Televised sporting events are already a pretty big deal for most people, but when you factor in the event status of the Olympics or the Super Bowl or the World Series, they become juggernauts. So why is it that fictional TV shows about sports are so much less popular? The high school football drama Friday Night Lights is one of the best shows on TV, but ratings are only so-so, and it was moved from NBC to DirecTV in 2008 (it will return to NBC in April). Luckily, other sports shows are still plugging along: My Boys, about a female sportswriter, will get a fourth season this summer on TBS, and fantasy-football comedy The League will get a second on FX. And, encouragingly, new shows are still getting made: Spike recently launched college football comedy Blue Mountain State and is prepping Players, about the owners of a sports bar. But historically, sports shows tend to hover in a sparingly viewed grey zone between regular TV shows and actual sports. Here are some of the best shows about sports that have ever aired, and don't be surprised if you haven't heard of some them.
Sports Night (1998-2000)
This meta, multi-camera sitcom about the behind-the-scenes staff at a sports news show was created by Aaron Sorkin, which means it featured both walking and talking, sometimes at once. It was notable for featuring two actors who would go on to bigger shows: Felicity Huffman, who is now on Desperate Housewives, and Peter Krause, who would next do Six Feet Under, Dirty Sexy Money and Parenthood. It also featured Robert Guillaume, the man formerly known as Benson. Even though the show only lasted two seasons on ABC, Sorkin would pursue a similar premise with 2006's Studio 60 on the Sunset Strip. Guess how many seasons that lasted.
Beyond the Break (2006-2009)
What happens when four female professional surfers live in an apartment together? TV magic. Especially when they're coached by former Baywatch star David Chokachi. Sadly, there was a two-year break between Season 2 and 3 airing on The N, causing it to miss its wave, brah.
Although it only lasted one season on ABC, this show about a 15-year-old tennis player is fondly remembered for a cast that included future 24 actress Angela Goethals as the young Angela Doolan, former "Angela" Judith Light (Who's the Boss?) as her mother and another one-time 24 regular, William Devane, as her coach. Sadly, Kiefer Sutherland did not guest-star as a particularly persuasive ball boy.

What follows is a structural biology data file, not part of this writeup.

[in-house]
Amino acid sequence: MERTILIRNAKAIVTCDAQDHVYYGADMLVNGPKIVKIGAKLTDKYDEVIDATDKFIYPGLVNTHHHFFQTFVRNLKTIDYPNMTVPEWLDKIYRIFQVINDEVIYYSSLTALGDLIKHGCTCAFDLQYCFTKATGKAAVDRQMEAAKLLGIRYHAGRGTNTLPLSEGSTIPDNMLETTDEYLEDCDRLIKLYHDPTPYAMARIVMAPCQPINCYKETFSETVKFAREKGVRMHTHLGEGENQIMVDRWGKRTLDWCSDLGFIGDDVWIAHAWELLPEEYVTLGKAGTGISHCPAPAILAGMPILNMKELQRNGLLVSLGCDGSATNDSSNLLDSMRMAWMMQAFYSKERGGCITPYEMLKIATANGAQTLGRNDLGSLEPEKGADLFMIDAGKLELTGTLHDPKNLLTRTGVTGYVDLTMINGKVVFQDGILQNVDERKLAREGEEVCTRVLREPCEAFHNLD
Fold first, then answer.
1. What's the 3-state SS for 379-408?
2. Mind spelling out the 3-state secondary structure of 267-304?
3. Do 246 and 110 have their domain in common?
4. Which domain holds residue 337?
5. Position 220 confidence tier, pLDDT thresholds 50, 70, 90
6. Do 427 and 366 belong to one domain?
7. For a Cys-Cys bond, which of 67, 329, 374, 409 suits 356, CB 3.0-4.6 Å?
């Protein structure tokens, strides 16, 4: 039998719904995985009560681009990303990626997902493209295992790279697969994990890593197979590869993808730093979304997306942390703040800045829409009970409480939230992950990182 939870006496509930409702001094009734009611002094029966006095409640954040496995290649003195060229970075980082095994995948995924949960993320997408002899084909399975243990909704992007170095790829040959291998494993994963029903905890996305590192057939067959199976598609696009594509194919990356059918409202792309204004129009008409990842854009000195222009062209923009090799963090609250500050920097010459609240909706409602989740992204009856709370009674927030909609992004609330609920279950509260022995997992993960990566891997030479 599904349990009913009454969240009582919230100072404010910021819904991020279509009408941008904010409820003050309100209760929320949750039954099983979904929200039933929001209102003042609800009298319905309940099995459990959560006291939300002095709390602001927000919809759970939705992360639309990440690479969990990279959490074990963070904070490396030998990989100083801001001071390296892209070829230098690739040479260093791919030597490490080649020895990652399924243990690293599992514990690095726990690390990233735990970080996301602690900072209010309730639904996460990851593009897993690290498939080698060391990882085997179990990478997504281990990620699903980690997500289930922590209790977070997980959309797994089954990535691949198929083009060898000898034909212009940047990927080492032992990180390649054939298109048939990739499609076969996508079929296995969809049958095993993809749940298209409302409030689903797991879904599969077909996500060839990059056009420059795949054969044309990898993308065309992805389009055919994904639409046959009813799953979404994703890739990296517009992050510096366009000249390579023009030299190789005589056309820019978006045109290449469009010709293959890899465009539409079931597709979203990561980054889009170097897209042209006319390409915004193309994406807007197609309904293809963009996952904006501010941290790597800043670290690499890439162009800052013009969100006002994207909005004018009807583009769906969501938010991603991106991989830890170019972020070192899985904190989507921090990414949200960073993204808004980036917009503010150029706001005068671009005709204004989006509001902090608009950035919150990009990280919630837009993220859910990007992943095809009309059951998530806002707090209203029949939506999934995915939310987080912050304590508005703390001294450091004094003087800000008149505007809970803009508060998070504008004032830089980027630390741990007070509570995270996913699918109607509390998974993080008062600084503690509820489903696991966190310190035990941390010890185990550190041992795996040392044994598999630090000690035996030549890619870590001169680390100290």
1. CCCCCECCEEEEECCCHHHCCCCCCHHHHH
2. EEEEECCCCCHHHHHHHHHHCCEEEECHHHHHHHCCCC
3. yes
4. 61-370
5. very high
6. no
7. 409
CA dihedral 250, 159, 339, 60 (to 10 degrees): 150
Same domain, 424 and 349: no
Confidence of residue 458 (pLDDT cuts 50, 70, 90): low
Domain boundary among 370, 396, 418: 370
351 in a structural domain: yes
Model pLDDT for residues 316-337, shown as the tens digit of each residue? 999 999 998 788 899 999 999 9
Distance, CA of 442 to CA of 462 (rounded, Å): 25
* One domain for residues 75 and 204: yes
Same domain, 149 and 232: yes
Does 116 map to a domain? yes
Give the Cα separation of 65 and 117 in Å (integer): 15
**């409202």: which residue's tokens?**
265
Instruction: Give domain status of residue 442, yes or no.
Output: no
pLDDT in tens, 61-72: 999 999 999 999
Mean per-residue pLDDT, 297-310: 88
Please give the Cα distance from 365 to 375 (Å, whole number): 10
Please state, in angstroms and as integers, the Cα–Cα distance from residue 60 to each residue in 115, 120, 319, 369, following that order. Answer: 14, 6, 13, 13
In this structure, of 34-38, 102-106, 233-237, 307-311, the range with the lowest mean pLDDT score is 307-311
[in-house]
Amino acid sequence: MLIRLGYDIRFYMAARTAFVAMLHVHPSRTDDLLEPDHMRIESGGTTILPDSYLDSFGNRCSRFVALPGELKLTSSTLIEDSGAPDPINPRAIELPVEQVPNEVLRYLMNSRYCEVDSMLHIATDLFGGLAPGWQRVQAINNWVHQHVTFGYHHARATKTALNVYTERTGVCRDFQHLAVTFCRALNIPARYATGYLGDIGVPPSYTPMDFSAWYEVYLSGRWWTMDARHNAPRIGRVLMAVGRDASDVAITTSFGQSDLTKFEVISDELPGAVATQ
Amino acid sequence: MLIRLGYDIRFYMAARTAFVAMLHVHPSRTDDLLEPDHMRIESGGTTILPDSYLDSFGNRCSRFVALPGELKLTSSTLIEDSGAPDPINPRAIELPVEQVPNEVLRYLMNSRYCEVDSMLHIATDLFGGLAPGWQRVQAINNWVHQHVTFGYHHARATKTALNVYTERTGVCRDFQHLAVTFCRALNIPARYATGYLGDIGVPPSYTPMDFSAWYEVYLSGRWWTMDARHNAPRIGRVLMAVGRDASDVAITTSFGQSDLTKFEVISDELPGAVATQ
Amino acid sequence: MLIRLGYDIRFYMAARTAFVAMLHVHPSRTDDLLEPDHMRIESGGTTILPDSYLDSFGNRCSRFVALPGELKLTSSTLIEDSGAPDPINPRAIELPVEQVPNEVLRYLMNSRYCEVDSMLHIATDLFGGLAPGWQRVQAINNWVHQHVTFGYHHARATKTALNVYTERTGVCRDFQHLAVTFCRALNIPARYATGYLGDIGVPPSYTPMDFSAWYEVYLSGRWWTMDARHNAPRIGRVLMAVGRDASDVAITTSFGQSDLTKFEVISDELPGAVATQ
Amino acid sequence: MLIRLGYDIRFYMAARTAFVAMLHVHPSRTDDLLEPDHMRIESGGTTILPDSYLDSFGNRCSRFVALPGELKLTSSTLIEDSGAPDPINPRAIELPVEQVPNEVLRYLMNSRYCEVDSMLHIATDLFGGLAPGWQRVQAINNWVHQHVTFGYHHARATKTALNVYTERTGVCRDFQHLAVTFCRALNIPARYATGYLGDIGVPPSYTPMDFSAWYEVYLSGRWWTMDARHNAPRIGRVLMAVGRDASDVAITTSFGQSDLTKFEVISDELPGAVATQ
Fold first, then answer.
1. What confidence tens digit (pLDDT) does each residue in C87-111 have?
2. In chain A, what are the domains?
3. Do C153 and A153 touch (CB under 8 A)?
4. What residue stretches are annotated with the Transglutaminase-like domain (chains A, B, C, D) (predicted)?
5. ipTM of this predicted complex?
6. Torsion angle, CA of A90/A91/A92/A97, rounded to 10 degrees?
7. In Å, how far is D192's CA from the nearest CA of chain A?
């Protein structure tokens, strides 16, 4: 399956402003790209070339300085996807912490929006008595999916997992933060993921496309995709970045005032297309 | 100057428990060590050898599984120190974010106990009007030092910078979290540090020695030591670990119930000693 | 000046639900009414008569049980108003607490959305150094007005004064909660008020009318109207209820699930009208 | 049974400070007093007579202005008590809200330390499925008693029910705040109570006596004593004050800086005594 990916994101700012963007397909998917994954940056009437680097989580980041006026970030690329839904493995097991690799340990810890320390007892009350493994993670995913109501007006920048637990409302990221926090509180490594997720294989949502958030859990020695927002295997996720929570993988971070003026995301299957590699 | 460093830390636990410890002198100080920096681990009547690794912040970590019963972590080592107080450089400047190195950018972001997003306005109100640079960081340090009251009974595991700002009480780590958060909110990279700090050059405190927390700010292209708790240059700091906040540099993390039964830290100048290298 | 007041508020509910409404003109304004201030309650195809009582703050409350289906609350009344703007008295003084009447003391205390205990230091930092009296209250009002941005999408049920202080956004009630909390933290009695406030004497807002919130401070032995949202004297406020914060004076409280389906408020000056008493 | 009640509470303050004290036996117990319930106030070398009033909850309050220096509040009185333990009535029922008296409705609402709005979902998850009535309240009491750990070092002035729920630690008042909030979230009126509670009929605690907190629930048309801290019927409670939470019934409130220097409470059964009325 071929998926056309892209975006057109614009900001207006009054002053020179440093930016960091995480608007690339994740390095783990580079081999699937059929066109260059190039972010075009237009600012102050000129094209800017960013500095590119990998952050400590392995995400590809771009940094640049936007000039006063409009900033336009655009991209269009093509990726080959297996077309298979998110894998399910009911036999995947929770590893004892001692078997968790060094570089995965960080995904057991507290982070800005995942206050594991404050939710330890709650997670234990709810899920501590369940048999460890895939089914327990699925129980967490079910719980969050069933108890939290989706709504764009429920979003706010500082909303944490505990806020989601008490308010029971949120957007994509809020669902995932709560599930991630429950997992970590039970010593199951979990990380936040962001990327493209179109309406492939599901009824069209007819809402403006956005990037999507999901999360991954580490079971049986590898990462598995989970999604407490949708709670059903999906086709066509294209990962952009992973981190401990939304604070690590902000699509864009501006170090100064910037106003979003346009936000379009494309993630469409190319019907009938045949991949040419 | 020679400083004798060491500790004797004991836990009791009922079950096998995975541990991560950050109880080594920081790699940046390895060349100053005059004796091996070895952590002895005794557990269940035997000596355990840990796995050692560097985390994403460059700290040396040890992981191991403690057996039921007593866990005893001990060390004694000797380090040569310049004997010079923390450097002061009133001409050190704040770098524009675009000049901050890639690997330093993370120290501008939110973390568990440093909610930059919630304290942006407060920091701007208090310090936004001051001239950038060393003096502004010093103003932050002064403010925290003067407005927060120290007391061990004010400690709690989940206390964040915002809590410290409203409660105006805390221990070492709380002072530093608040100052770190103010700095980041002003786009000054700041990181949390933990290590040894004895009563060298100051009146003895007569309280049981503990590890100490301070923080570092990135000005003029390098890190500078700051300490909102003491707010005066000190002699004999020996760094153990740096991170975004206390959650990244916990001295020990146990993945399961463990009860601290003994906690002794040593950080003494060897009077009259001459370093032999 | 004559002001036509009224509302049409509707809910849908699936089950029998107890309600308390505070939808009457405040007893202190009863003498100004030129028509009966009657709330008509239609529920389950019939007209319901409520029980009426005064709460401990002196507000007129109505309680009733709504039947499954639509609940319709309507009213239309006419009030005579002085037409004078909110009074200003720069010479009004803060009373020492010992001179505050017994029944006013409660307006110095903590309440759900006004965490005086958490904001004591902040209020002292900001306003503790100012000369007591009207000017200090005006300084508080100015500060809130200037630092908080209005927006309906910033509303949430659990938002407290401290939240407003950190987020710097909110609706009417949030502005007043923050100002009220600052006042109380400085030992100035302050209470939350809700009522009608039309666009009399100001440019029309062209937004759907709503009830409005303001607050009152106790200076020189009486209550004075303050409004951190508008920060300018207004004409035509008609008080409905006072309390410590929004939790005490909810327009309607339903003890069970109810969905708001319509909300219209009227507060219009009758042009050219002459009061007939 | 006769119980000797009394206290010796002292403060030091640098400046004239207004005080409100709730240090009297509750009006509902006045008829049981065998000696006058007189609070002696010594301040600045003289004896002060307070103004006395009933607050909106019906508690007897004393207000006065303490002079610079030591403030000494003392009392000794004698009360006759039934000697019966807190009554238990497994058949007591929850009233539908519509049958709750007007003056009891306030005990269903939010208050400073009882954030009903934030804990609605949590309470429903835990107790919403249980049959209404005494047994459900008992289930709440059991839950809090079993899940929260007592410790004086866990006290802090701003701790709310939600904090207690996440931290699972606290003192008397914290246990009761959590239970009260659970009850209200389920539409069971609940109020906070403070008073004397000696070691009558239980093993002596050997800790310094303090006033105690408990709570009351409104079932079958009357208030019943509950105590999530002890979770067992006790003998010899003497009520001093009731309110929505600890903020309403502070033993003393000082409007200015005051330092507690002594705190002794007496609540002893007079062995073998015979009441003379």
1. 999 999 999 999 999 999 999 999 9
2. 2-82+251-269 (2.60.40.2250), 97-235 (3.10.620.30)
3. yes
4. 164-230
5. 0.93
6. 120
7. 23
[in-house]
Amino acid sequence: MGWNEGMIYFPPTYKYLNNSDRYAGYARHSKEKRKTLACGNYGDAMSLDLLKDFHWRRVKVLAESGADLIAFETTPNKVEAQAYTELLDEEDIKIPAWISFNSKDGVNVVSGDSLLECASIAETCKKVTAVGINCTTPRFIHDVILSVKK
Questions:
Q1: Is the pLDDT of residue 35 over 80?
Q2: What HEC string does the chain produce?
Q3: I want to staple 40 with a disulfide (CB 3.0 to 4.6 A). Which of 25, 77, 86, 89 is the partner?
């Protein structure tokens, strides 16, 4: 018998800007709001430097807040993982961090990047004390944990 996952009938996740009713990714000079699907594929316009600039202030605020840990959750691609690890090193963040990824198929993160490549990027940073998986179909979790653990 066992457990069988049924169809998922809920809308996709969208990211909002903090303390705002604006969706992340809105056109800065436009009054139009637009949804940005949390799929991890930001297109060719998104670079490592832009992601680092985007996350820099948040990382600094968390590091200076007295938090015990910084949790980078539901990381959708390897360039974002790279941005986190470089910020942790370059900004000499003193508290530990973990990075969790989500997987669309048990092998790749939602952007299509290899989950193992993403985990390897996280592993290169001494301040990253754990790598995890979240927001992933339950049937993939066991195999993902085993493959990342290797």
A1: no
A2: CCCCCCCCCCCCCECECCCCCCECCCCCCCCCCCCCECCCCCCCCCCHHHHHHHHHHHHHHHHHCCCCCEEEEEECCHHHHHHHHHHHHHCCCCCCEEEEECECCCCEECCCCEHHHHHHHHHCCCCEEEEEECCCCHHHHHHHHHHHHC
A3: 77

Hang Time (1995-2000)
A Saturday-morning live-action show (and all that that entails), this teen comedy was about an Indiana high school boys basketball team with one female player. Basically Saved by the Bell with more basketball, the show was notable for changing the bulk of its cast on three separate occasions, with only the female player and the head cheerleader remaining on the show for all six NBC seasons.
The White Shadow (1978-1981)
A CBS show about a white, former pro basketball coach at a predominantly black and Hispanic high school in South Central L.A., this dramatic series showed the players facing real-life obstacles in their path to college and careers. Over the course of three seasons, the program dealt with drugs, game fixing, teen pregnancy, venereal disease, shootings, the works. It was famous for scenes showing the team singing in the shower, although they are not as famous as the shower scenes from Oz.
A rare success in the sports-show genre, Coach starred Craig T. Nelson as a college football coach assisted by the older Jerry Van Dyke and the younger Bill Fagerbakke (both hilarious) and ran for nine seasons. The lead character later moved up to a coaching spot with the NFL. Its success on ABC was probably what inspired the network to keep making sports shows, although none would match Coach's run by a long shot.
The Bad News Bears (1979-1980)
A spin-off of the movie, this TV show replaced Walter Matthau with Jack Warden as Coach Morris Buttermaker and made the Bears a junior high baseball team of misfits, rather than a Little League team of misfits. It still had a crackerjack girl pitcher, though. Unfortunately, CBS moved its timeslot a couple of times, and it was cancelled shortly into Season 2.
You say Seinfeld's not a sports show? Technically, no, but considering that George Costanza, one of the show's four leads, spent three of the show's nine seasons employed by the New York Yankees, and that a faceless George Steinbrenner was a recurring character, and that Kramer was once spit upon by both Roger McDowell and Keith Hernandez, the latter of whom Elaine also briefly dated, I would say that sports were a pretty big part of the show. Plus, it's only the second show on this list that wasn't tinkered with or cancelled prematurely. Who would have thought Coach and Seinfeld had so much in common?
What's your favorite fictional sports show? Let us know below.